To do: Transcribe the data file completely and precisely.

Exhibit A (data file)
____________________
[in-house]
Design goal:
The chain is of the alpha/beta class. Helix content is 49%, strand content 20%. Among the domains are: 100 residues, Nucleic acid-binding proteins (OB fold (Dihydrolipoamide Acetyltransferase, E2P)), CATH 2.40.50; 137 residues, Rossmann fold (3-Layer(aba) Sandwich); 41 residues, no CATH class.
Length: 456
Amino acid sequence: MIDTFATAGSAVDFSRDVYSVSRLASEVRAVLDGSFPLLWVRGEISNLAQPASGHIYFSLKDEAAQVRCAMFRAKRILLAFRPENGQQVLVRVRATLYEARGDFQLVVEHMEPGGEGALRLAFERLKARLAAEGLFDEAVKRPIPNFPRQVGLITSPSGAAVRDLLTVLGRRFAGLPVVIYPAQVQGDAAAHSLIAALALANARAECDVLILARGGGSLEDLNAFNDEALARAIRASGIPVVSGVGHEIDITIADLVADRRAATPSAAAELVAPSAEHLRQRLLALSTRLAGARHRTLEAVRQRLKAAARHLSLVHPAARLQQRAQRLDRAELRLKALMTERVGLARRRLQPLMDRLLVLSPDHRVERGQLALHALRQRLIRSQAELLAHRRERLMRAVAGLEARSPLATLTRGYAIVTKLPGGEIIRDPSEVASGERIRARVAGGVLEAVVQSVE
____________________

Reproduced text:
[in-house]
Design goal:
The chain is of the alpha/beta class. Helix content is 49%, strand content 20%. Among the domains are: 100 residues, Nucleic acid-binding proteins (OB fold (Dihydrolipoamide Acetyltransferase, E2P)), CATH 2.40.50; 137 residues, Rossmann fold (3-Layer(aba) Sandwich); 41 residues, no CATH class.
Length: 456
Amino acid sequence: MIDTFATAGSAVDFSRDVYSVSRLASEVRAVLDGSFPLLWVRGEISNLAQPASGHIYFSLKDEAAQVRCAMFRAKRILLAFRPENGQQVLVRVRATLYEARGDFQLVVEHMEPGGEGALRLAFERLKARLAAEGLFDEAVKRPIPNFPRQVGLITSPSGAAVRDLLTVLGRRFAGLPVVIYPAQVQGDAAAHSLIAALALANARAECDVLILARGGGSLEDLNAFNDEALARAIRASGIPVVSGVGHEIDITIADLVADRRAATPSAAAELVAPSAEHLRQRLLALSTRLAGARHRTLEAVRQRLKAAARHLSLVHPAARLQQRAQRLDRAELRLKALMTERVGLARRRLQPLMDRLLVLSPDHRVERGQLALHALRQRLIRSQAELLAHRRERLMRAVAGLEARSPLATLTRGYAIVTKLPGGEIIRDPSEVASGERIRARVAGGVLEAVVQSVE